Inspectors need to have both integrity and knowledge. Some of the issues go beyond anything inspectors can reasonably handle.

It is impossible to completely take politics out of it, and politics needs to be taken into account. To perform a quality service, it's got to focus on safety, codes, intent of the codes, reasonableness, and common sense. It cannot be perfect. If political agendas drive it, it fails.

Bob G

4:29 PM  
Anonymous Anonymous said...

For the City Council to thoroughly consider housing, it would be too burdensome. Also they would have to rely on the inspections department. While the inspections departments have deep knowledge, they would not be seen as impartial.

Remember justice is the first of the Cardinal Virtues. An impartial board is the only way to get beyond the rebellion stage and get back to being constructive.

One additional thing I remember, is the City Architect appointed well seasoned and respected people to the board.

Bob G

6:52 PM  
Blogger Bob said...

Chuck, the Tenants Remedies Act has been abused by con artist renters to gain an advantage over their landlords. And looking at the evidence it appears the city is all to happy to partake in the con job.

I suspect the law is rarely used now for one reason and one reason only, the city is facing multiple serious federal lawsuits and this piece of legislation is a big part of the hot water the city is in.

9:06 PM  
Blogger Bob said...

In the following article Dawkins refers to our friend Jim Swartwood as a slumlord. Jim should sue Dawkins for slander. It has been proven Dawkins is the fella who doesn't maintain his property.

And note this, after many years the Federal Fair Housing Lawsuits are STILL HERE! The city will make one last futile attempt to have them dismissed, but it isn't happening, a jury trial is on the horizon.

The lawsuits have already cost the city a bundle in defense cost. The evidential settlement will likely be in the millions. Who is footing the bill? YOU THE TAX PAYERS OF SAINT PAUL.

From the Duluth News-

Dawkins dismisses Swartwood as “a slumlord” (Swartwood says he’s not) and the lawsuits as “frivolous”, saying a judge will likely dispose of them as baseless in a summary judgment hearing. Yet, 22 months after the first one was filed, in May 2004, that has yet to happen.

A lightning rod for controversy, Andy Dawkins isn’t the story in Duluth, and officials and activists here say they still see merit in the Tenant Remedies Act. Duluth’s slum housing is legendary, and something must be done about it.

But it would be wise to wait until the RICO suits against St. Paul have been decided before adopting the program here. Duluth needs effective action to repair problem properties, not costly litigation."

From March 6, 2006 "Our View: Before acting on slumlord law, Duluth needs St. Paul verdict - Official touting tougher enforcement had problem property of his own"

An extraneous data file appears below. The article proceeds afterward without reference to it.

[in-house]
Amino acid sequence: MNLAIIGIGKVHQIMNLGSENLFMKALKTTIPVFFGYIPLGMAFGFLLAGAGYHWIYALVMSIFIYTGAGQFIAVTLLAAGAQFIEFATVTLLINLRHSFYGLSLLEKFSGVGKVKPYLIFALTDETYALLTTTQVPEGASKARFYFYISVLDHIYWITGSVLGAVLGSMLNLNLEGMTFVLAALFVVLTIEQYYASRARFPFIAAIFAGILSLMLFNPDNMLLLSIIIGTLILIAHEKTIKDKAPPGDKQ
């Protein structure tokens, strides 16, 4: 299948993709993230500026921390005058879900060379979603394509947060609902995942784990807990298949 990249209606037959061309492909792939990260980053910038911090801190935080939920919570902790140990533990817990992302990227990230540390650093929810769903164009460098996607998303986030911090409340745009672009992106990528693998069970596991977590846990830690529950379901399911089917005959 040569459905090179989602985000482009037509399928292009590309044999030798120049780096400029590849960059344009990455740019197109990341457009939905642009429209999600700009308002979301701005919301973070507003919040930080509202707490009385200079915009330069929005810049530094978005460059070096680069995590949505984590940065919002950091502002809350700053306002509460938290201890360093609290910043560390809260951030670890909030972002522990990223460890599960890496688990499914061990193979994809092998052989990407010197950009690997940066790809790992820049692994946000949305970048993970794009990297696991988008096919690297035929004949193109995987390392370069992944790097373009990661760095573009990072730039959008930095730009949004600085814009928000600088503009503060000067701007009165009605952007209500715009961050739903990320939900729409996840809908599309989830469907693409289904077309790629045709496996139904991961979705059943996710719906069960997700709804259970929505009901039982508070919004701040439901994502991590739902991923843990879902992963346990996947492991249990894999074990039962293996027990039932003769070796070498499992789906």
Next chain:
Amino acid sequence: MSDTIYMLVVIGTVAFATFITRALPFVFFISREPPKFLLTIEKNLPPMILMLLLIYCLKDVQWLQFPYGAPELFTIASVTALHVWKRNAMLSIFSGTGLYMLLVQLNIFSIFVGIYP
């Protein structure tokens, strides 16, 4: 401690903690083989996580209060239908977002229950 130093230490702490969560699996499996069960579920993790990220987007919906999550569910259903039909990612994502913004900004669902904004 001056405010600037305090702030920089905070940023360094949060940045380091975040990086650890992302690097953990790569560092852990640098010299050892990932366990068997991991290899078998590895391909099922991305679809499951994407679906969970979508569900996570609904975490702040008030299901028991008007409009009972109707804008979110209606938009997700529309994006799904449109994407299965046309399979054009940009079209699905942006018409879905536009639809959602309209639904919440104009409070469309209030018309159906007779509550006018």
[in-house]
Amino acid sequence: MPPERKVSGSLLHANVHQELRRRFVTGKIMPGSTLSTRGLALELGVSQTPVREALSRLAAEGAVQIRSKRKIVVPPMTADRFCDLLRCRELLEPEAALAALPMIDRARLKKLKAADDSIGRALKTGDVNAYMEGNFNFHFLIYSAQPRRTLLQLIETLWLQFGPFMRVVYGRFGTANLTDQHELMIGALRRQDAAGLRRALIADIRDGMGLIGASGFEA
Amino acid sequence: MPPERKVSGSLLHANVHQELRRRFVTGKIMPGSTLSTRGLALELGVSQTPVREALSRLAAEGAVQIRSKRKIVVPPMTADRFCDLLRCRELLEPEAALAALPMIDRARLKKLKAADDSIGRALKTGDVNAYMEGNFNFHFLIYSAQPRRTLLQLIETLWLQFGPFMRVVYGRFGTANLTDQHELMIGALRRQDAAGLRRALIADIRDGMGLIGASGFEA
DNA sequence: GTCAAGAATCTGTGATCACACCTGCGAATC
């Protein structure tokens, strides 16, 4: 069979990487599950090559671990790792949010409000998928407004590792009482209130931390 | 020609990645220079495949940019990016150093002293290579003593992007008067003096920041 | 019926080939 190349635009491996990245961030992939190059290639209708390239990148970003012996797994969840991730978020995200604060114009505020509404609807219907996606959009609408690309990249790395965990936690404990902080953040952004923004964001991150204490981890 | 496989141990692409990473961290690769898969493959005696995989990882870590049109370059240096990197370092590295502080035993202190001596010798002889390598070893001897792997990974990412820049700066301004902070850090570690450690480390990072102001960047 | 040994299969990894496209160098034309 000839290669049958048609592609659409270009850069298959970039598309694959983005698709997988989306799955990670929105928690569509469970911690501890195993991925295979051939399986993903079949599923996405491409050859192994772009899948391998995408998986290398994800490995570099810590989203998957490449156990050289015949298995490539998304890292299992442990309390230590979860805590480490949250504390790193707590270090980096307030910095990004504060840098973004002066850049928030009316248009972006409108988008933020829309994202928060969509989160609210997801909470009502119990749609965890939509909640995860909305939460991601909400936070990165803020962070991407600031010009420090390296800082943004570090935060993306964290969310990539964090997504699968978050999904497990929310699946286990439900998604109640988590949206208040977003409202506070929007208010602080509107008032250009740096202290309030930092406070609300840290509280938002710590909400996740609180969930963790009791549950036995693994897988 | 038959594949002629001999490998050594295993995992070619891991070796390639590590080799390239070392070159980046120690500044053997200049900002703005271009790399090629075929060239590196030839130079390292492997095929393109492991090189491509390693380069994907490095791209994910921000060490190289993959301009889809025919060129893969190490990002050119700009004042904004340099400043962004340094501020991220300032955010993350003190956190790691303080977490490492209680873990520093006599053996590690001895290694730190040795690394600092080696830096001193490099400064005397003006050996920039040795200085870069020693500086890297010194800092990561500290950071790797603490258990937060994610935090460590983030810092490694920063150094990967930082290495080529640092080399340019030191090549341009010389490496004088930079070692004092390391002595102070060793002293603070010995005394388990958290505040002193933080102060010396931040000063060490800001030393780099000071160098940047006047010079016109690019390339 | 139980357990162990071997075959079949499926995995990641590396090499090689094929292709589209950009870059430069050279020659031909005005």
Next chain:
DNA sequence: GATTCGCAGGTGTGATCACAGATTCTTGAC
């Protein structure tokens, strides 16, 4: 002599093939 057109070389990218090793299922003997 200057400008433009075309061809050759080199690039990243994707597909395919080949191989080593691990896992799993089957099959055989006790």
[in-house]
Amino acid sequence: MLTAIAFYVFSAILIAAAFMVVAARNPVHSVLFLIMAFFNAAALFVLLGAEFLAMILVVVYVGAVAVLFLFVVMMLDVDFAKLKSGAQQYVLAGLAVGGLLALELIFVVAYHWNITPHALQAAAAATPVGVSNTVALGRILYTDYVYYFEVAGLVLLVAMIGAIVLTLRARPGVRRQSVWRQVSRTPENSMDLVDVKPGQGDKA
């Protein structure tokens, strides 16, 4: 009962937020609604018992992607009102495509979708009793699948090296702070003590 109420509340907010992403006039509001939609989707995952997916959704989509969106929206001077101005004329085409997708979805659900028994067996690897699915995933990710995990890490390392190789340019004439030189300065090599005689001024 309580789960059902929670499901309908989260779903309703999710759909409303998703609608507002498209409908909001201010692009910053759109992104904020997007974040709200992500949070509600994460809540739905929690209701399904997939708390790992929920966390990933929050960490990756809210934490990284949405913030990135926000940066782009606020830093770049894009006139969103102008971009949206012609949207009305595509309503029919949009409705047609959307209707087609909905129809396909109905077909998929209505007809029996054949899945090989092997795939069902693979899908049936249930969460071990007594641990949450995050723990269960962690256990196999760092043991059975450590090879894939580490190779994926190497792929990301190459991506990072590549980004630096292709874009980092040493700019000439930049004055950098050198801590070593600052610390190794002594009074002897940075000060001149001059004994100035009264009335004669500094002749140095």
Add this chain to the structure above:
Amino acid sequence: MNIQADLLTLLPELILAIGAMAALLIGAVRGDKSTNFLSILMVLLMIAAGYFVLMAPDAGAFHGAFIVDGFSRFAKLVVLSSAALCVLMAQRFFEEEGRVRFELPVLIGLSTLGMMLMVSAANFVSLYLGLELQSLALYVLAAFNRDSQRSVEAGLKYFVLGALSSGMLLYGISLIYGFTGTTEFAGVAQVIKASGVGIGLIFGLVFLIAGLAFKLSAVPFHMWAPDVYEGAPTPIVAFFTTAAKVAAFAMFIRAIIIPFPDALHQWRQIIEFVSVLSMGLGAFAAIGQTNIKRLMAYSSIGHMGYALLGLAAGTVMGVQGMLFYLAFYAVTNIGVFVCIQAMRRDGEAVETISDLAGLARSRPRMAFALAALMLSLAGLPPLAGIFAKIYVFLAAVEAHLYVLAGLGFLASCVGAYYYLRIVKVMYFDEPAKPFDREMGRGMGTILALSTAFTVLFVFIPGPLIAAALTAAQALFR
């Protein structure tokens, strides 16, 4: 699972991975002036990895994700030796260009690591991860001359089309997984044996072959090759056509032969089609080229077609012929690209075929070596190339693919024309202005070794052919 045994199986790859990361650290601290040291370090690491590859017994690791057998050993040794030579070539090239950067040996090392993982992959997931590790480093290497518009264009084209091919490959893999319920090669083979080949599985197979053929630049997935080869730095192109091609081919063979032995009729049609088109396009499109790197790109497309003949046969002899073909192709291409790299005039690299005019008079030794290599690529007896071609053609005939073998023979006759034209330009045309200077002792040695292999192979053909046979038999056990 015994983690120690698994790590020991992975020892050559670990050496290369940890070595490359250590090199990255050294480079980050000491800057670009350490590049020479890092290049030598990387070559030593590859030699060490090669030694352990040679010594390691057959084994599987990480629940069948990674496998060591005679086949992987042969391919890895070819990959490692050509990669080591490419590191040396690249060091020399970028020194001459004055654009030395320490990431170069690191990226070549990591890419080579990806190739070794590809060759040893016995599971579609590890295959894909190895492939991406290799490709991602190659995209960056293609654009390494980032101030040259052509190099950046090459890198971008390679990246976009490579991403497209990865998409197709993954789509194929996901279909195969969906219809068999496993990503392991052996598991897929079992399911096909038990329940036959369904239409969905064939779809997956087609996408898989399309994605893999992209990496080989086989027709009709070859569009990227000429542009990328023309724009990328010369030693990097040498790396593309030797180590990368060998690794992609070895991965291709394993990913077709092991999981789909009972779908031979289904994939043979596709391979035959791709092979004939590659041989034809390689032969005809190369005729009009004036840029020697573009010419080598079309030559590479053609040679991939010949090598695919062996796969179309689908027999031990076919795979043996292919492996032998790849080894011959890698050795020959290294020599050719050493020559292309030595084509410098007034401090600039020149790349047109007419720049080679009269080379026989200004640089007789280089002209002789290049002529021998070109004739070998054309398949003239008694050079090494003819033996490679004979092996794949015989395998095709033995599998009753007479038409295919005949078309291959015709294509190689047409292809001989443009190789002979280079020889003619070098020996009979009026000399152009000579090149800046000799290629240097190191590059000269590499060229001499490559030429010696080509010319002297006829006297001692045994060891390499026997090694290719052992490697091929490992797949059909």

9:22 PM  
Anonymous Anonymous said...

Now I've gotten going on this.

My Dad had some specific thoughts about St. Paul's current situation before he died. He didn't like a number of things about it. He had discussed it with high level people, some retired.

He specifically commented that Marcia Moermond could not detect when she was being lied to by inspectors (same for Chuck?).

He particularly objected to the electrical inspector in my situation.

He was disappointed by Robert Humphrey.

He thought the code compliance report was the most poorly written inspection report he had ever seen.

Bob G.

8:18 AM  
Anonymous Anonymous said...

Bob J.

Two things:

1. Do you have an example of TRA being done like you said? I thought they were pretty few and far between. I mean, there has to be issues with the property and a group willing to come in and repair the problems using only the rent to do it. Not a lot of up side for the group that agrees to take on the project.

2. Remember when the law suits were called the RICO suits? Remember when it was a conspiracy? Don't forget the entire case now is: Did the City's code enforcement policies cost landlords so much that it reduced the availability of affordable housing in Saint Paul and did that impact minority groups? That's it. After all of that time, money and energy that is the only question appropriately in front of the court. Everything else is gone. Done. Over.

So, good luck with all of that. One of the judges on the panel that granted that last little crumb to get through didn't think that the FFHA actually covered that issue and dissented from the majority.


Chuck Repke

12:38 PM  
Anonymous Anonymous said...

I am amazed at how you are able to spin things Chuck. Those tenant remedy laws are manipulated to hurt decent people that are trying to maintain their property. Your spin indicates to me that you are either very uninformed or you are just the same scum you accuse the landlords of being. Whichever it is I'll leave up to you.

1:54 AM  
Anonymous Anonymous said...

1:54 - no, I meant that sincerely.

Can you give me an example of someone whose property was put into receivership because of the TRA and you guys thought it was done as a stunt or on a lark by a tenant?

I mean, come on guys what was the issue that causes you to go off of the deep end. I am agreeing on some of the changes that were listed.

So, give me the case that was that unjustified.


Chuck Repke

10:10 AM  
Anonymous Anonymous said...

Robert Humphrey runs the show in the DSI.Watch this guy!
He is a jerk.

12:57 PM